Electromagnets consist of coils, usually copper, wrapped tightly around a laminated core of ferromagnetic material (soft iron, steel, cobalt). Electromagnets require a refrigeration system, generally water, to dispose of heat produced by the dissipated electricity.
Each plant is characterized by its pattern of electromagnets around the test chamber and by their constructive solutions. The schema of a quite complex plant built at the Southampton University is shown in Figure 7.28: ten magnets, disposed in antagonistic pairs, ensure the
Positions of magnets in a six-component balance at Southampton University, UK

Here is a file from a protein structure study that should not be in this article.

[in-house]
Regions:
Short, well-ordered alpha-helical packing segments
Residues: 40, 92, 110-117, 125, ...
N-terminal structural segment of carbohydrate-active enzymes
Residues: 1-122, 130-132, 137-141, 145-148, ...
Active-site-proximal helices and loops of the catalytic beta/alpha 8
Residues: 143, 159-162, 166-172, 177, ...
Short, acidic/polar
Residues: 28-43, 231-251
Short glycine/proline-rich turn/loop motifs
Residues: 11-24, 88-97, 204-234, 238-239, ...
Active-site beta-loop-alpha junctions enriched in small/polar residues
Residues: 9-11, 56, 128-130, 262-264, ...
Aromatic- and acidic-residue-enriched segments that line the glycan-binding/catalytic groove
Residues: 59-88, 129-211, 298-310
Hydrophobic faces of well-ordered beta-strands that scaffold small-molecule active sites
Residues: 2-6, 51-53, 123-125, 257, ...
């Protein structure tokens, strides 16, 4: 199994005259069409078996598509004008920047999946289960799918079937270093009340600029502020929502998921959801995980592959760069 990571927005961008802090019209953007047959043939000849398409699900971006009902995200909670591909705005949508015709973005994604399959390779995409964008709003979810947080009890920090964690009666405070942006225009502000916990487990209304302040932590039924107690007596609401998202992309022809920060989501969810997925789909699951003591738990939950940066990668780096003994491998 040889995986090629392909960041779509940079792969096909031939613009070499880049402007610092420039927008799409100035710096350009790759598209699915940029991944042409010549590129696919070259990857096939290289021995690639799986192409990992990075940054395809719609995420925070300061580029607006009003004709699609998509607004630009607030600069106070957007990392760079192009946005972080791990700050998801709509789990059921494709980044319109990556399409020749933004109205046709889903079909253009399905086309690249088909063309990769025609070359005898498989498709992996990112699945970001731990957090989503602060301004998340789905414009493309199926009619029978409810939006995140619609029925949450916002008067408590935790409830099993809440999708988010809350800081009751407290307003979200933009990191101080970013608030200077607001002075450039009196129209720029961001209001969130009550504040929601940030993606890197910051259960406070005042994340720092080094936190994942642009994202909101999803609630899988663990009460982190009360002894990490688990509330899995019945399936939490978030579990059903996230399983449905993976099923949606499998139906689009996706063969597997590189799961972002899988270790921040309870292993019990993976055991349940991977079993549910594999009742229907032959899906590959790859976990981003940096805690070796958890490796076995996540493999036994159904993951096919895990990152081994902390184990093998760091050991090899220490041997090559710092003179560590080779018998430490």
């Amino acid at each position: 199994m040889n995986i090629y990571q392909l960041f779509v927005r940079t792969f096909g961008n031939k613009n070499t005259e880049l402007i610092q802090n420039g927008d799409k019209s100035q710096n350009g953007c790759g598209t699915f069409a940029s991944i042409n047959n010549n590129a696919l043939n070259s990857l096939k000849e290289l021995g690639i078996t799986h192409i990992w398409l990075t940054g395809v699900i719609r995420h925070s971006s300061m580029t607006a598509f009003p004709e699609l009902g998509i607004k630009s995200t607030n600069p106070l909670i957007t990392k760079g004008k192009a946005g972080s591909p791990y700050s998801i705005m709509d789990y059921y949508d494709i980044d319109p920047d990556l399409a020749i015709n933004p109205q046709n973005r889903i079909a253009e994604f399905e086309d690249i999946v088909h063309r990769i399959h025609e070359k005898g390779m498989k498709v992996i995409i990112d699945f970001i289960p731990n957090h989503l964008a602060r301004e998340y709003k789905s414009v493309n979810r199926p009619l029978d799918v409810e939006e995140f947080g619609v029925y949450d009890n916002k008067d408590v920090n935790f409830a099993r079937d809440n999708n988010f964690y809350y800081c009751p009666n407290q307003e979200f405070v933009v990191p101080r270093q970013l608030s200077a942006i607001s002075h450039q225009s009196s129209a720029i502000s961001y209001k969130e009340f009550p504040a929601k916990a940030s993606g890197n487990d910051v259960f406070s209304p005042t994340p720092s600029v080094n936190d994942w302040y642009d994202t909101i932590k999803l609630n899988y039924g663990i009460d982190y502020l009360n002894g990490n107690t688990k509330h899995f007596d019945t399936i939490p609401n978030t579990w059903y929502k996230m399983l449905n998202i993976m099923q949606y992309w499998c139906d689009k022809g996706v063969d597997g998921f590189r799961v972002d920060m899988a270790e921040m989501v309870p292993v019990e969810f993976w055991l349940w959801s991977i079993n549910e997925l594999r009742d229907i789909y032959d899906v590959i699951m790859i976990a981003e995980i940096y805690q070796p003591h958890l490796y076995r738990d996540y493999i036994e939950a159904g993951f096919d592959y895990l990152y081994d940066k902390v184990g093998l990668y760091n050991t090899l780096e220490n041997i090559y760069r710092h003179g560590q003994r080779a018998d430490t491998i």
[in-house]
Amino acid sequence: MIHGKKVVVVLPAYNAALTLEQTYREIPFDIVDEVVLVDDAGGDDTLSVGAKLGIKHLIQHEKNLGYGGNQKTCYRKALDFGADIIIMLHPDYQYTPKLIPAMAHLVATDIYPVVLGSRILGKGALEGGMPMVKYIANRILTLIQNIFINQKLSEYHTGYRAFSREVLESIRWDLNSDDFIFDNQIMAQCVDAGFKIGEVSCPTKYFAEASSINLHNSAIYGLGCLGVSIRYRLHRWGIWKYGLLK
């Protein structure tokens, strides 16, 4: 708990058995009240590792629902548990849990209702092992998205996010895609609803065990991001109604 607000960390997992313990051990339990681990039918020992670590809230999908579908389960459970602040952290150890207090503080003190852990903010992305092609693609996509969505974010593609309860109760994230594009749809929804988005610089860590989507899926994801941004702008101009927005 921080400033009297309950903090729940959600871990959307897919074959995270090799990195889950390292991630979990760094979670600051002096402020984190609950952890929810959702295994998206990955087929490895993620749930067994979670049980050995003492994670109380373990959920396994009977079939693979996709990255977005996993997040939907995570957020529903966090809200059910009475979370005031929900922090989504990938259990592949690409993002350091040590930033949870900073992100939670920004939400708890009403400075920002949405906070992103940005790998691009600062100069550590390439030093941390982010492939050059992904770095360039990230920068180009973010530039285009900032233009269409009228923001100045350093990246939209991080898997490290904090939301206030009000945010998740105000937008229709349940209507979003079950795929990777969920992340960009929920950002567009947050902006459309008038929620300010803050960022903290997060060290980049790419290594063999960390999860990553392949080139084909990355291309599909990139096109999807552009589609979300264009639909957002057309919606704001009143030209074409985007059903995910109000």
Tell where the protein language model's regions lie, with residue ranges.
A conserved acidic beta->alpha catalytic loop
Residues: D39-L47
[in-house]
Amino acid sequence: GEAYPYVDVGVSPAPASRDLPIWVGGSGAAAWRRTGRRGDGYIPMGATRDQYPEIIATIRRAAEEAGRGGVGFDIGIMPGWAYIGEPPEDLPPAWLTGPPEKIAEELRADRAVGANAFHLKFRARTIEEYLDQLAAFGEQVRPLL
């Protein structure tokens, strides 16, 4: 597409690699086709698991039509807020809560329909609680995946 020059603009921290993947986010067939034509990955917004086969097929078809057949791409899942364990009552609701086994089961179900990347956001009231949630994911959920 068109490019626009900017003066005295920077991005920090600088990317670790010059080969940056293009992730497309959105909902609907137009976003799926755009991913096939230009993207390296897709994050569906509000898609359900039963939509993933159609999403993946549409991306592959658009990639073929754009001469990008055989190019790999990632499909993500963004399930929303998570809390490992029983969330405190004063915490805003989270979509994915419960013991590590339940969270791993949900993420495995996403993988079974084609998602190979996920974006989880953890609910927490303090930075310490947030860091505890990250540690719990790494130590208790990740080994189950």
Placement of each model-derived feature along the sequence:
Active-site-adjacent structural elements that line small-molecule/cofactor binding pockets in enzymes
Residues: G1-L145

symmetry along the three axes of the wind tunnel, then the system is able to control all degrees of freedom of the model. Magnets 1, 3, 5, 7 control vertical position and pitch angle, magnets 2, 4, 6, 8 control transverse position and yaw angle, while magnets 9 and 10 control the longitudinal position. The roll angle is controlled by the electromagnets from 1 to 8.